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The Integrated Studies program is teaching cognitive science, political theory and philosophy in combination this semester, and it’s proving problematic for some students.

The program, which focused on different academic fields last year, underwent changes in the syllabus, class structure and discussion format before school started in September.

Although the program is continuously changing and adapting to meet students’ and professors’ needs, some students feel the integrative part of the program is lacking.

“In the Thursday symposiums they make an attempt to integrate subjects but they do so in a way that has no practical applications,” College freshman Natalie Peelish said. “I know the instructors realize that and are working to make it more integrative.”

Director of BFS and classics professor Peter Struck explained that ISP aims to make small improvements gradually to “make it the most vibrant learning experience,” for students.

“We tweak and re-tweak our assignments, reading and meeting structure,” Struck said.

ISP is a residential program that falls under the umbrella of Benjamin Franklin Scholars at Penn, where students take 90-minute lecture classes, Monday through Wednesday, covering three different subjects and a fourth class on Thursdays which aims to integrate the three focus areas.

College freshman Audrey Harnagel agreed with Peelish that integrating the disciplines is difficult, but views this semester as better than the last.

“I think [integration] is the toughest part pedagogically,” Harnagel said. “So far this semester the disciplines are meshing better than they did last semester. I think there are merits to trying to integrate things that on a surface level don’t fit together … I would like to see the integrative component be a little more interactive.”

Struck described what the original goal of ISP was.

“It takes a piece of the general education requirement and has it taught by professors who coordinate their offerings around common themes,” he said. “[These] are introductions to disciplines around themes that have common elements from week to week.”

According to Struck, ISP is at the halfway mark of a three-year trial period for which it has been given funding to adapt as needed. At the end of this trial period there will be a review of the program to see whether or not the University should maintain it.

Struck described the program not only as interdisciplinary but “multi-disciplinary.”

“The disciplines are working in their own domains, so they are not watering down anything that they are presenting for other needs of the course,” Struck said. “But … they’re asked to have a moment to think about two other disciplines’ approach to the same questions.”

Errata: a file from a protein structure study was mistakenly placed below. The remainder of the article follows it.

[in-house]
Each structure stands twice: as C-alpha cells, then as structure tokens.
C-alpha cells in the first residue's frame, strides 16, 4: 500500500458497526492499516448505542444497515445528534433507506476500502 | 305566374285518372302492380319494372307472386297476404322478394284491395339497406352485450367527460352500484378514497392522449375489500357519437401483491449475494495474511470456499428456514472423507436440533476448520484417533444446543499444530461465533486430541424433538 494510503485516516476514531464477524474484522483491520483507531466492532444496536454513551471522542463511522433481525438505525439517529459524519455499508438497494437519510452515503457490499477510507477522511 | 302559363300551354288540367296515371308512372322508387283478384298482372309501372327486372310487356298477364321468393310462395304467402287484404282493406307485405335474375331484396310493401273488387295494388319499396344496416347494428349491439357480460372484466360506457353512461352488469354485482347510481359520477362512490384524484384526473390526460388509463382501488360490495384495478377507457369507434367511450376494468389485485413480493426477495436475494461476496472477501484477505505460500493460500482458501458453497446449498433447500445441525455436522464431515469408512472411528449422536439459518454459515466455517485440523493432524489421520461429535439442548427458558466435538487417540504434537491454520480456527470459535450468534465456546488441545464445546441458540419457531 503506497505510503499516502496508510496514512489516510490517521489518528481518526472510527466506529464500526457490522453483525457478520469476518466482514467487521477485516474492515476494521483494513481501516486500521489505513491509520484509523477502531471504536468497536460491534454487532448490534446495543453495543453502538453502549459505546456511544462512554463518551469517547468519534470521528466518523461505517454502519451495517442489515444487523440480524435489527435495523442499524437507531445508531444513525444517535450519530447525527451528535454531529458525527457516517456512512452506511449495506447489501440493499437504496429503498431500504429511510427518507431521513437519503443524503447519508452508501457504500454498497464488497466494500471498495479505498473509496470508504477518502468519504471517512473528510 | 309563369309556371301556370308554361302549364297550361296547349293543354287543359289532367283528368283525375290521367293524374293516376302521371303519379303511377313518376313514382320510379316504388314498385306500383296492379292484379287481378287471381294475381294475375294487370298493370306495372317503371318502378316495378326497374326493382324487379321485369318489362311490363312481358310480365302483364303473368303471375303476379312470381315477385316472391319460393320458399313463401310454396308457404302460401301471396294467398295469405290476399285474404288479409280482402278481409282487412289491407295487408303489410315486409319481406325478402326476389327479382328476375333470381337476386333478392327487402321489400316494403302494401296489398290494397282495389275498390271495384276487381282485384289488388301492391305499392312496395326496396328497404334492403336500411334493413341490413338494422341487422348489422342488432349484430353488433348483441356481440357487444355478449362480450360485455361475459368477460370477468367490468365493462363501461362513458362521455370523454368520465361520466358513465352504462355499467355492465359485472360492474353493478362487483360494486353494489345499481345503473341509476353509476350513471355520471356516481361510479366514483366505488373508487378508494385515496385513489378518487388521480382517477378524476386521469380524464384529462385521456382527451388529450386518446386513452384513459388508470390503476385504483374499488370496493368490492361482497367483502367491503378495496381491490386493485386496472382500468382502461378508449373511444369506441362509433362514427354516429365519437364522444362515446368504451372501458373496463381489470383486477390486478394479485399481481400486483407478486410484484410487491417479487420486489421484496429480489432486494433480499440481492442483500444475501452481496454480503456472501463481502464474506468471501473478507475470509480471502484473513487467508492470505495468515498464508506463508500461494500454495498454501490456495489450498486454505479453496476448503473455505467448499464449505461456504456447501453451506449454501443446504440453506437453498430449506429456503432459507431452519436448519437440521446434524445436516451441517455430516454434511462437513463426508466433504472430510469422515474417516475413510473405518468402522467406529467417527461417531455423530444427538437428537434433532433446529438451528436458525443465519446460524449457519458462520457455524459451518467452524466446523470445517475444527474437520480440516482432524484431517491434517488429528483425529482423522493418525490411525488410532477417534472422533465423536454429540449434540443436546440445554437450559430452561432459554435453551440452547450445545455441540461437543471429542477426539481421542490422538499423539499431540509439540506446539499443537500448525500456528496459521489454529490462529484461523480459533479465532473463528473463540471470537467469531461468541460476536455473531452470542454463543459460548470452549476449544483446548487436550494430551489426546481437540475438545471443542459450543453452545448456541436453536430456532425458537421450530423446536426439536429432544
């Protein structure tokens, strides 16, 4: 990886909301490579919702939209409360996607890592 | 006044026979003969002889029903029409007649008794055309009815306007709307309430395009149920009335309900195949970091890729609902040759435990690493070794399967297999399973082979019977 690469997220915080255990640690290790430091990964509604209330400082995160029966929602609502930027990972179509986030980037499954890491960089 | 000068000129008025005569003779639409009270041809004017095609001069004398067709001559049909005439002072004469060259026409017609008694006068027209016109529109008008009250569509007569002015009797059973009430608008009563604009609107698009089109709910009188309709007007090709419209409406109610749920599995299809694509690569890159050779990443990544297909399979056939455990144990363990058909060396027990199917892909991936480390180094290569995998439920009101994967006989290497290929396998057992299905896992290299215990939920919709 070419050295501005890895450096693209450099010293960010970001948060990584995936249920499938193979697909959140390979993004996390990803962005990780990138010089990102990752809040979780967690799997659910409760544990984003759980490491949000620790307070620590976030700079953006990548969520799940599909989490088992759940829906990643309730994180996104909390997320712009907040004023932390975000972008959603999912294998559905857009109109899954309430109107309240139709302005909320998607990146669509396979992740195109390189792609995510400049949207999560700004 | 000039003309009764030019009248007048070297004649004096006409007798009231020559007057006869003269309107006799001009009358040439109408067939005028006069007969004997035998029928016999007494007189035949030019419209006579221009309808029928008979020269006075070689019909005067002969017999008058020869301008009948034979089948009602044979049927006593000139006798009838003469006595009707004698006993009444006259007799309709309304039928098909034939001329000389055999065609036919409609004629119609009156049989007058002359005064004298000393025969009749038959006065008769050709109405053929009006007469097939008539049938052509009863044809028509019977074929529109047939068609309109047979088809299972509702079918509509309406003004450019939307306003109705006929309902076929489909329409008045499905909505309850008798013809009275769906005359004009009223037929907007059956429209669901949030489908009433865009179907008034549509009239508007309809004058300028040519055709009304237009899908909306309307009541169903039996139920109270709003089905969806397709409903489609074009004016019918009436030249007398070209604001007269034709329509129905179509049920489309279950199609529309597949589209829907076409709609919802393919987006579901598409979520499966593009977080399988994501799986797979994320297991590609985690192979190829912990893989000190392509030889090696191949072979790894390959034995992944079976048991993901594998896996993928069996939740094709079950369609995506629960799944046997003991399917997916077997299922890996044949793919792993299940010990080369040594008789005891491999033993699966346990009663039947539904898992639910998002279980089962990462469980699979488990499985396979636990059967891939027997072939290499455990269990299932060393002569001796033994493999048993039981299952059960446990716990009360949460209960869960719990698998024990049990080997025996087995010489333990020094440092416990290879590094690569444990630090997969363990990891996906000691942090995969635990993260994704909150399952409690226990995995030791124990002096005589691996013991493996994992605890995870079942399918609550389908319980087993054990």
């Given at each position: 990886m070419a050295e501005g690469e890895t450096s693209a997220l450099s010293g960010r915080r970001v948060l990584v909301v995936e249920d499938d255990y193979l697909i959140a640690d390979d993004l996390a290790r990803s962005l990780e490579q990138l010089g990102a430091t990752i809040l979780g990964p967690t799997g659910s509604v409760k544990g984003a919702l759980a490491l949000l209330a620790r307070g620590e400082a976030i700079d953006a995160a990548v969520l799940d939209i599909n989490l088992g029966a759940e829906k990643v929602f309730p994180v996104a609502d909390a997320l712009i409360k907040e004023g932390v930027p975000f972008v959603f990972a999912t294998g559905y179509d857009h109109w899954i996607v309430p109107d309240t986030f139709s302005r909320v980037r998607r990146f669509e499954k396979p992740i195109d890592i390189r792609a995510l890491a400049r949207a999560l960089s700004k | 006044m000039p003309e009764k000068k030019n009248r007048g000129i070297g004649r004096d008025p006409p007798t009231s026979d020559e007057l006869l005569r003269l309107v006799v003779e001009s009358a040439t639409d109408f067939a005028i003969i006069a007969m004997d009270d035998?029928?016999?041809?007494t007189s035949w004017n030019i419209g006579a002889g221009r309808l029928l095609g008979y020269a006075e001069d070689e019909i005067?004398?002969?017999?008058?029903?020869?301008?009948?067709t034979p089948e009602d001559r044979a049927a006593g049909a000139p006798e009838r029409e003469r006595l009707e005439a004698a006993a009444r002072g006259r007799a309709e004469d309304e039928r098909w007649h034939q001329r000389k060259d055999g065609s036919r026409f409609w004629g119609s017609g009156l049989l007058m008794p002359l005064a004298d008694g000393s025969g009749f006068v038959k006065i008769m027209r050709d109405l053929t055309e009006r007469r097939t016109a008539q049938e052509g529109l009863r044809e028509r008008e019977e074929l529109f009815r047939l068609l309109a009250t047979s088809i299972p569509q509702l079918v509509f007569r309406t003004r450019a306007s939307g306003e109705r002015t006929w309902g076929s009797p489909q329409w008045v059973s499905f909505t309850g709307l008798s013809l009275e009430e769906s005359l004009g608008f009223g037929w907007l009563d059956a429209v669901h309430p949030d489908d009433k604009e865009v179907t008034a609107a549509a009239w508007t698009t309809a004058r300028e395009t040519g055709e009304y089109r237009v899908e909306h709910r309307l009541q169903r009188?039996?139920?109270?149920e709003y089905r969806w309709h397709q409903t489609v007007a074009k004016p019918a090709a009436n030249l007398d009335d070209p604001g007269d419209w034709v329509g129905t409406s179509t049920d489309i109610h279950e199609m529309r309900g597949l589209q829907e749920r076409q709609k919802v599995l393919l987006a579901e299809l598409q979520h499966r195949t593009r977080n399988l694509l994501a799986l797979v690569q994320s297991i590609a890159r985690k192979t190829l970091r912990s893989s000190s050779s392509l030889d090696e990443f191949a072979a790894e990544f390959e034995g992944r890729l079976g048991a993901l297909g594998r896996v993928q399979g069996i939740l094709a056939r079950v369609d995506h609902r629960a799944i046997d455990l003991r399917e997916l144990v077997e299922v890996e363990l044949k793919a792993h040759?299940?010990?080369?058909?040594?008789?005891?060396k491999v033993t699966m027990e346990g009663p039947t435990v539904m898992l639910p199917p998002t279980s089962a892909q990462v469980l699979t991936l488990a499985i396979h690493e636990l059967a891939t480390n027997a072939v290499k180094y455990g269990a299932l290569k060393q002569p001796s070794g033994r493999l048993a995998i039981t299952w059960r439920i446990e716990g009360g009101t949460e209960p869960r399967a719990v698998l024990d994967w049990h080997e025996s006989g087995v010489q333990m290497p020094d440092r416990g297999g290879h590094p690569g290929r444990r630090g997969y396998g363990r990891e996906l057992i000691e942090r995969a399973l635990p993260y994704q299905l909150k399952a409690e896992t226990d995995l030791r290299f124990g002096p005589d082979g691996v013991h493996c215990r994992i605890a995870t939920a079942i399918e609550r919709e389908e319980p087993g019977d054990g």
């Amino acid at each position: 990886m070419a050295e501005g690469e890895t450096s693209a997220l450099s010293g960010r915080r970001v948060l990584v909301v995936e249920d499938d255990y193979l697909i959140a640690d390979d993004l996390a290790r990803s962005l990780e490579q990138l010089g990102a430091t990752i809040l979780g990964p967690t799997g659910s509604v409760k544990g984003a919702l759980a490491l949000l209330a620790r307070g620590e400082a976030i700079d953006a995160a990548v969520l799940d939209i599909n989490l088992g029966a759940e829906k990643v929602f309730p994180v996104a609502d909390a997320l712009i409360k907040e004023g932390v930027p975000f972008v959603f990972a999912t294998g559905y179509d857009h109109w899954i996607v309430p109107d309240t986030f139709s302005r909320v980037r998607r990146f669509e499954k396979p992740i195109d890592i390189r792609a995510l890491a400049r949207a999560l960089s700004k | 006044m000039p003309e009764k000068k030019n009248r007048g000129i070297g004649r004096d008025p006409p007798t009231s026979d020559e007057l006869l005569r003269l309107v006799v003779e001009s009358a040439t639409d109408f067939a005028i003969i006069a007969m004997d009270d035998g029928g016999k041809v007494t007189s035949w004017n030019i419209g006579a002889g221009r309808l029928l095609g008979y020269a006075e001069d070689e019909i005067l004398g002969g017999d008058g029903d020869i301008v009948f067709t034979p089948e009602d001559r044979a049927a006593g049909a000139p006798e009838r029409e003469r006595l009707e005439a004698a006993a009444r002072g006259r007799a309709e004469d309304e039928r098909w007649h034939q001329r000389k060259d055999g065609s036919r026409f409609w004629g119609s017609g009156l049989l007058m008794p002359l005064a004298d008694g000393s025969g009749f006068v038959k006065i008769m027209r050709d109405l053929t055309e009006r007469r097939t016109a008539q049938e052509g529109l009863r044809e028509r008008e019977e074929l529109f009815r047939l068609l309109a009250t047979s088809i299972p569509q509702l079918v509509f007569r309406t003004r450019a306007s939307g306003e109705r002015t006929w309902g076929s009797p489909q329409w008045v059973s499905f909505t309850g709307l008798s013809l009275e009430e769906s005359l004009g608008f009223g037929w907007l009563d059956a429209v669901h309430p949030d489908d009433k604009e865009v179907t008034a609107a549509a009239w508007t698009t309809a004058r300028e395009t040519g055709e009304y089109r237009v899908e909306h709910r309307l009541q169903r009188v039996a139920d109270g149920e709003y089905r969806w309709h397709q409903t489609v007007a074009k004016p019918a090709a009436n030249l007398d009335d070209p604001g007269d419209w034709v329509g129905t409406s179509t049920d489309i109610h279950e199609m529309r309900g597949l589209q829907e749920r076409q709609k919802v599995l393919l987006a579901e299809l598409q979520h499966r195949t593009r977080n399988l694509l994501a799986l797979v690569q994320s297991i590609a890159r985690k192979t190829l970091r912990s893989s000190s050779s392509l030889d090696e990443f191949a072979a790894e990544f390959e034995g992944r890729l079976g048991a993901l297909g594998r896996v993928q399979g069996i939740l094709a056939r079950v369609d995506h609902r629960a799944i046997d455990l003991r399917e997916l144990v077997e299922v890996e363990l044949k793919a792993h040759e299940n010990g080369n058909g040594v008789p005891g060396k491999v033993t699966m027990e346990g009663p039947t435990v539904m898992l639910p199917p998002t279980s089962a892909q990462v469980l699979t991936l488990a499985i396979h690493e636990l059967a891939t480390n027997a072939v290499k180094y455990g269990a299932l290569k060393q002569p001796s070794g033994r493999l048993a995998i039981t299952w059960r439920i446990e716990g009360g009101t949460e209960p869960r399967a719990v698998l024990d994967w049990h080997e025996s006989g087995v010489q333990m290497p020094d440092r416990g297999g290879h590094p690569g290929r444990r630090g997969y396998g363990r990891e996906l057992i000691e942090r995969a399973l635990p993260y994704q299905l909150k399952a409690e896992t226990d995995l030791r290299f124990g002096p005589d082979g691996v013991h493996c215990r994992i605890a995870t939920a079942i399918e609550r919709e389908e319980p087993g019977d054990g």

Outside of the lectures, students are looking for alternative ways to integrate their learning amongst themselves.

Peelish, along with College freshman Max McCarthy, are in charge of the ISP blog, originally intended to be a place for students’ work but now a forum for discussion.

“Everybody is interested in some part of the course material but it is so broad and there is so much to cover,” McCarthy said. “Cognitive science is a huge field intersecting with five other fields … everybody had tons of questions but the professor had to ignore them because they’re trying to condense an entire field into an introductory course.”

McCarthy and Peelish said that they hope the blog will lead to more interaction between students in the program.

“We want to have a space to keep discussion going and where students can post questions to the professors,” said McCarthy. “Ideally we want professors to read through comments and answers questions on their own.”

Former ISP students expressed similar concerns regarding the program. Primarily that the overlap between the three topics is not always clear and discussions ultimately become too broad or tangential.

“Sometimes it’s hard to integrate all the subjects,” College sophomore Becky Chalsen, who was in ISP last year, said. However, comparison is difficult this year because sophomores and the current freshman have completely different topics.

“But the incoming class will have the same topics and readings we did so we’ll see if big changes are made,” she added.

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